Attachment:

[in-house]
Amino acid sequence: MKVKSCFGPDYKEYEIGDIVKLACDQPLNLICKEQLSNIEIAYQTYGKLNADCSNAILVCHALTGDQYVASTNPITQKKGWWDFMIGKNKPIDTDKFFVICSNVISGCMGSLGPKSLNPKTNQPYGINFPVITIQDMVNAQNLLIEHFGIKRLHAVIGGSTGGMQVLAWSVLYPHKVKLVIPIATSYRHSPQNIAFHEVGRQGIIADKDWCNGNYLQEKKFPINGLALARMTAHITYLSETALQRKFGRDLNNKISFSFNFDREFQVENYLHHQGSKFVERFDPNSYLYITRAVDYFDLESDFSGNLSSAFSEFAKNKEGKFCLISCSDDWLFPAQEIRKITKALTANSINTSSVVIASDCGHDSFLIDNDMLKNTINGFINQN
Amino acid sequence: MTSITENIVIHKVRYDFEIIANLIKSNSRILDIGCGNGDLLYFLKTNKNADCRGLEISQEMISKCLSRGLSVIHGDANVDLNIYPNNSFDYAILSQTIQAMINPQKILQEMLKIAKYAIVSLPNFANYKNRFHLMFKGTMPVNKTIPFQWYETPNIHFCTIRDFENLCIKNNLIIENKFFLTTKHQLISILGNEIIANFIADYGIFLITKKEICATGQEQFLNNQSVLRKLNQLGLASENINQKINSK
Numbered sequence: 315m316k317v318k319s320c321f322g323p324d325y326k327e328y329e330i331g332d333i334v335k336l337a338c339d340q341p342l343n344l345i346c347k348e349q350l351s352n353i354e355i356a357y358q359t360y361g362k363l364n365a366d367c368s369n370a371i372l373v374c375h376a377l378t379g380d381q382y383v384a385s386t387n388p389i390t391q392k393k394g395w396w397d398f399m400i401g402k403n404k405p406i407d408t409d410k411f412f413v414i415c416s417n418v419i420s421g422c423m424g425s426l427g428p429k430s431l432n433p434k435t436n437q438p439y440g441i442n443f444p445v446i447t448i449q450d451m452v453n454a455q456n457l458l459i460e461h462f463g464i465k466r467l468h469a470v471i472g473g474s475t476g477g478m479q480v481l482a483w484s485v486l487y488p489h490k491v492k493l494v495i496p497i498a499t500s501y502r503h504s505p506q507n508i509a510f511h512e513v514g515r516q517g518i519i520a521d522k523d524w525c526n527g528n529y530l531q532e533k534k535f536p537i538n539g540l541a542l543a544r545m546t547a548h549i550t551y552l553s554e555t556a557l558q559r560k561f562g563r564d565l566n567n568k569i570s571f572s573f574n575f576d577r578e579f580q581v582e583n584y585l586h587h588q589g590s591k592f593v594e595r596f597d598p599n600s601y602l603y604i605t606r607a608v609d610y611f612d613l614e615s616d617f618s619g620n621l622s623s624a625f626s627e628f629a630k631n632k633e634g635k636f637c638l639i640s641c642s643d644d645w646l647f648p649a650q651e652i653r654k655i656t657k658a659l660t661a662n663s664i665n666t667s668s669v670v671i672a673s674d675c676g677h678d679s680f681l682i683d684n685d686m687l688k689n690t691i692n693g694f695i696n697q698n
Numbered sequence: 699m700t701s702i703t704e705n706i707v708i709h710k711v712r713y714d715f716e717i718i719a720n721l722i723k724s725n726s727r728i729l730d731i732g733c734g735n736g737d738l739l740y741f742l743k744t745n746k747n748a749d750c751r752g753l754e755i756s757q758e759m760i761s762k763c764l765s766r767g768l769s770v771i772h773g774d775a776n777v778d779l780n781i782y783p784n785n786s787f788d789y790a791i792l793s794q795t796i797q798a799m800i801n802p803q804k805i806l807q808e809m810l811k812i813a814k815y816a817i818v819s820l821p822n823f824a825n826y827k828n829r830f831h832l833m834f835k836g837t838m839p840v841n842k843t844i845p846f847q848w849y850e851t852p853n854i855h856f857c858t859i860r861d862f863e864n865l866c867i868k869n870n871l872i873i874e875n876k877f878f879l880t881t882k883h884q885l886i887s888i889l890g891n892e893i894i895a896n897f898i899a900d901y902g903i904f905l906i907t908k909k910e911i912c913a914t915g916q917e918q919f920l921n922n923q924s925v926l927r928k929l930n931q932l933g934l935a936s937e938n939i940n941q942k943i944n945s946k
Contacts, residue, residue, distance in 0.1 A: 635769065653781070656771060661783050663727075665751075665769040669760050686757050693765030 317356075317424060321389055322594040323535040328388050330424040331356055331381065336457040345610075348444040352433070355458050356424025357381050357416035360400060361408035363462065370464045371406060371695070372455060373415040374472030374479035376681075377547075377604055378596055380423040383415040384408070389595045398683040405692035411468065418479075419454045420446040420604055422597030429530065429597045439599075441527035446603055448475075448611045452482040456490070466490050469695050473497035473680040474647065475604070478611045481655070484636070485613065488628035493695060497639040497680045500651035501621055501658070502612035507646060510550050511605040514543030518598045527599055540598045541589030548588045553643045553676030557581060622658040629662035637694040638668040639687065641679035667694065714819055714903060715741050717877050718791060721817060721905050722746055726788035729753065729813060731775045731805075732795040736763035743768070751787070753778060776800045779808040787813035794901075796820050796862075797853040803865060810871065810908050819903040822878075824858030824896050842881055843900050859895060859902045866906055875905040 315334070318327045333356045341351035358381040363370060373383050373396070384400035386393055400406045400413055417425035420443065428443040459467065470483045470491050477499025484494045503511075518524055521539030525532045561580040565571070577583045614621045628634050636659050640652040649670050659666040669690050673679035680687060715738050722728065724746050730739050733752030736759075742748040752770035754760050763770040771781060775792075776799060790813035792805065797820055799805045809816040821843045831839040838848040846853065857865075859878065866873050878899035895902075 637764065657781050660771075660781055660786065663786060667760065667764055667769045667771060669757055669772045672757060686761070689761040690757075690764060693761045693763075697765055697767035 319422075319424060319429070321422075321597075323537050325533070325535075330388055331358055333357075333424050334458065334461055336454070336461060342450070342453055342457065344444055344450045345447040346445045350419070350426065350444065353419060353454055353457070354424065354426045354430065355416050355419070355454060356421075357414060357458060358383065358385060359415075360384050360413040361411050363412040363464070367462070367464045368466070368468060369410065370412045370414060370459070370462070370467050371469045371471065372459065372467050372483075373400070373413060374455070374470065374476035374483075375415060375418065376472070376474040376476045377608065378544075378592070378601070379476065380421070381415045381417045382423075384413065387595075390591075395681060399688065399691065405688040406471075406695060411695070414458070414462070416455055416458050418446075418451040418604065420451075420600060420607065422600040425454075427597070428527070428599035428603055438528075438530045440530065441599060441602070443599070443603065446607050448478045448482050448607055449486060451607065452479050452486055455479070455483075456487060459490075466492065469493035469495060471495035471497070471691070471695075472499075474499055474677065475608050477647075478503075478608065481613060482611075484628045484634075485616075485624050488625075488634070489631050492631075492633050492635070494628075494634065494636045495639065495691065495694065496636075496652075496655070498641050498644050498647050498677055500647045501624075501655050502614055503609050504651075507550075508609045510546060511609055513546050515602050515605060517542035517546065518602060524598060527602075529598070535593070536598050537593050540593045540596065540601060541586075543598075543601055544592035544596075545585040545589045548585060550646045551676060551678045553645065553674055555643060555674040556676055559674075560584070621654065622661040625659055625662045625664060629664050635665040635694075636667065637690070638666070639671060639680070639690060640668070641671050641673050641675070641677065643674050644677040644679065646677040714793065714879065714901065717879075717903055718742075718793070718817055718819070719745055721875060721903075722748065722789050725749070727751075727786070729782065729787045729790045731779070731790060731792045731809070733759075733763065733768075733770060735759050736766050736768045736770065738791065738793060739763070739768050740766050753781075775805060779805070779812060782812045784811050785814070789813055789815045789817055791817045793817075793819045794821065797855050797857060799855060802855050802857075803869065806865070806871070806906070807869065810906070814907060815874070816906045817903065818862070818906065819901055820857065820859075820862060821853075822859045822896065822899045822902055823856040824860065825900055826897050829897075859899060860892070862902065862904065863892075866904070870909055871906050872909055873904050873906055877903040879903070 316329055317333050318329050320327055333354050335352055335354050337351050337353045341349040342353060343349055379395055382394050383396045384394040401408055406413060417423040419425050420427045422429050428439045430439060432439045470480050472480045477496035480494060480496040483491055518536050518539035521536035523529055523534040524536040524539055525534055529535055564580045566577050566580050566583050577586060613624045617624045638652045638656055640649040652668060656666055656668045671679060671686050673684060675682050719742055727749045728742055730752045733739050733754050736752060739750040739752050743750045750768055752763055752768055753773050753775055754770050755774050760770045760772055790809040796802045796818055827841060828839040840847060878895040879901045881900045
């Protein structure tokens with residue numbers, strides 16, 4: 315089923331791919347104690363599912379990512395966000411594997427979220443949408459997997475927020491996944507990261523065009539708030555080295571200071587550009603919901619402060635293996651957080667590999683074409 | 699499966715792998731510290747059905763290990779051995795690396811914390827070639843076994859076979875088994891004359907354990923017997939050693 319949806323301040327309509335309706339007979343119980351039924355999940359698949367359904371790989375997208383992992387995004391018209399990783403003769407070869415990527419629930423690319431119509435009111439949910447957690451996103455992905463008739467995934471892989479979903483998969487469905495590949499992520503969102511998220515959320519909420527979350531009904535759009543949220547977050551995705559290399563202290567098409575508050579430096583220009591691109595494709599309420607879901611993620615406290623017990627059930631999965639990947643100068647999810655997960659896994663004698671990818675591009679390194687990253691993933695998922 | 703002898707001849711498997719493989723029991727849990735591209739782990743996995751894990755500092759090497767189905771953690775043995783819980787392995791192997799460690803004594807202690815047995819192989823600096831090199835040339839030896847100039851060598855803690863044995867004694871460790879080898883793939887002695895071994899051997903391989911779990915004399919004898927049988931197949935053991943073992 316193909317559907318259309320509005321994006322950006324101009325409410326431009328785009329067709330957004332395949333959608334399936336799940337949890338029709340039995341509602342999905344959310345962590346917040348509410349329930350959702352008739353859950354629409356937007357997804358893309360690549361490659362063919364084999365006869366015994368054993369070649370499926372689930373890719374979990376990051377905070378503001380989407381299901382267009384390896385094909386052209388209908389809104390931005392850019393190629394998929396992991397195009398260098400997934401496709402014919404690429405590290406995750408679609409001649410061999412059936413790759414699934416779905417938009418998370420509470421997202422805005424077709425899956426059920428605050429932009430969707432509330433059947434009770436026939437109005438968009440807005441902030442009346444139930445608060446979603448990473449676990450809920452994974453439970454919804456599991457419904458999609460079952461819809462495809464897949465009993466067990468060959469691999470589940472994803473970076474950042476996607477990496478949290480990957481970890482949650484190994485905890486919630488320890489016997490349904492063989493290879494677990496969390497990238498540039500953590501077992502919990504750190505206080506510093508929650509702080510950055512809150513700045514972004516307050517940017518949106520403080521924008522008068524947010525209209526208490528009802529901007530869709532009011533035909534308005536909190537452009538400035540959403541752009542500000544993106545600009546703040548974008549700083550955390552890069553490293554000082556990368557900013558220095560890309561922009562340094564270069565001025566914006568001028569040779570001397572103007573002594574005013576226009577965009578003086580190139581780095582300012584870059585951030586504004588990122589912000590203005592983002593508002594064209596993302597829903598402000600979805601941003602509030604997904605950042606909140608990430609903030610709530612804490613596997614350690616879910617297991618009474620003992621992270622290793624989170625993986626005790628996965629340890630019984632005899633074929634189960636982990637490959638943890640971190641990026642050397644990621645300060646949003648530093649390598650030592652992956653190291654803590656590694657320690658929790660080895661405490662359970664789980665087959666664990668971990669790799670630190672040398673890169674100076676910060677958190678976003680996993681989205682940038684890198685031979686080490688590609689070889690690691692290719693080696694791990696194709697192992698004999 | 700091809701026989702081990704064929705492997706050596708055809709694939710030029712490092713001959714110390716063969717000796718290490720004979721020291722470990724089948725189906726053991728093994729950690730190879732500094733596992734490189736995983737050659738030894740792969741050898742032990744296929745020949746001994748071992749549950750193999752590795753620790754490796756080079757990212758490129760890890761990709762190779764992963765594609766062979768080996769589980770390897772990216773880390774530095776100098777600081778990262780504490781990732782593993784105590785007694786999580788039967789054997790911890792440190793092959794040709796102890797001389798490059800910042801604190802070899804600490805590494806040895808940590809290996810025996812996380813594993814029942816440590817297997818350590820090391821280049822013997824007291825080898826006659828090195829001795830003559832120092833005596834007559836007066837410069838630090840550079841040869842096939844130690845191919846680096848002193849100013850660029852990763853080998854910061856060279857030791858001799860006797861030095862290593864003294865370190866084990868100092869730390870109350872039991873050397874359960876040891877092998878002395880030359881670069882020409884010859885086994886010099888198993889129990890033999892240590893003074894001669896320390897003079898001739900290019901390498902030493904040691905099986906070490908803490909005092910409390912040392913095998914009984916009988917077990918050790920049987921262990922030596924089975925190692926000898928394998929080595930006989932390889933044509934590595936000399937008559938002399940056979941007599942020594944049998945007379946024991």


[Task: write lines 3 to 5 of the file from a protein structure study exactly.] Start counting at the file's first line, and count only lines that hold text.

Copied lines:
Amino acid sequence: MTSITENIVIHKVRYDFEIIANLIKSNSRILDIGCGNGDLLYFLKTNKNADCRGLEISQEMISKCLSRGLSVIHGDANVDLNIYPNNSFDYAILSQTIQAMINPQKILQEMLKIAKYAIVSLPNFANYKNRFHLMFKGTMPVNKTIPFQWYETPNIHFCTIRDFENLCIKNNLIIENKFFLTTKHQLISILGNEIIANFIADYGIFLITKKEICATGQEQFLNNQSVLRKLNQLGLASENINQKINSK
Numbered sequence: 315m316k317v318k319s320c321f322g323p324d325y326k327e328y329e330i331g332d333i334v335k336l337a338c339d340q341p342l343n344l345i346c347k348e349q350l351s352n353i354e355i356a357y358q359t360y361g362k363l364n365a366d367c368s369n370a371i372l373v374c375h376a377l378t379g380d381q382y383v384a385s386t387n388p389i390t391q392k393k394g395w396w397d398f399m400i401g402k403n404k405p406i407d408t409d410k411f412f413v414i415c416s417n418v419i420s421g422c423m424g425s426l427g428p429k430s431l432n433p434k435t436n437q438p439y440g441i442n443f444p445v446i447t448i449q450d451m452v453n454a455q456n457l458l459i460e461h462f463g464i465k466r467l468h469a470v471i472g473g474s475t476g477g478m479q480v481l482a483w484s485v486l487y488p489h490k491v492k493l494v495i496p497i498a499t500s501y502r503h504s505p506q507n508i509a510f511h512e513v514g515r516q517g518i519i520a521d522k523d524w525c526n527g528n529y530l531q532e533k534k535f536p537i538n539g540l541a542l543a544r545m546t547a548h549i550t551y552l553s554e555t556a557l558q559r560k561f562g563r564d565l566n567n568k569i570s571f572s573f574n575f576d577r578e579f580q581v582e583n584y585l586h587h588q589g590s591k592f593v594e595r596f597d598p599n600s601y602l603y604i605t606r607a608v609d610y611f612d613l614e615s616d617f618s619g620n621l622s623s624a625f626s627e628f629a630k631n632k633e634g635k636f637c638l639i640s641c642s643d644d645w646l647f648p649a650q651e652i653r654k655i656t657k658a659l660t661a662n663s664i665n666t667s668s669v670v671i672a673s674d675c676g677h678d679s680f681l682i683d684n685d686m687l688k689n690t691i692n693g694f695i696n697q698n
Numbered sequence: 699m700t701s702i703t704e705n706i707v708i709h710k711v712r713y714d715f716e717i718i719a720n721l722i723k724s725n726s727r728i729l730d731i732g733c734g735n736g737d738l739l740y741f742l743k744t745n746k747n748a749d750c751r752g753l754e755i756s757q758e759m760i761s762k763c764l765s766r767g768l769s770v771i772h773g774d775a776n777v778d779l780n781i782y783p784n785n786s787f788d789y790a791i792l793s794q795t796i797q798a799m800i801n802p803q804k805i806l807q808e809m810l811k812i813a814k815y816a817i818v819s820l821p822n823f824a825n826y827k828n829r830f831h832l833m834f835k836g837t838m839p840v841n842k843t844i845p846f847q848w849y850e851t852p853n854i855h856f857c858t859i860r861d862f863e864n865l866c867i868k869n870n871l872i873i874e875n876k877f878f879l880t881t882k883h884q885l886i887s888i889l890g891n892e893i894i895a896n897f898i899a900d901y902g903i904f905l906i907t908k909k910e911i912c913a914t915g916q917e918q919f920l921n922n923q924s925v926l927r928k929l930n931q932l933g934l935a936s937e938n939i940n941q942k943i944n945s946k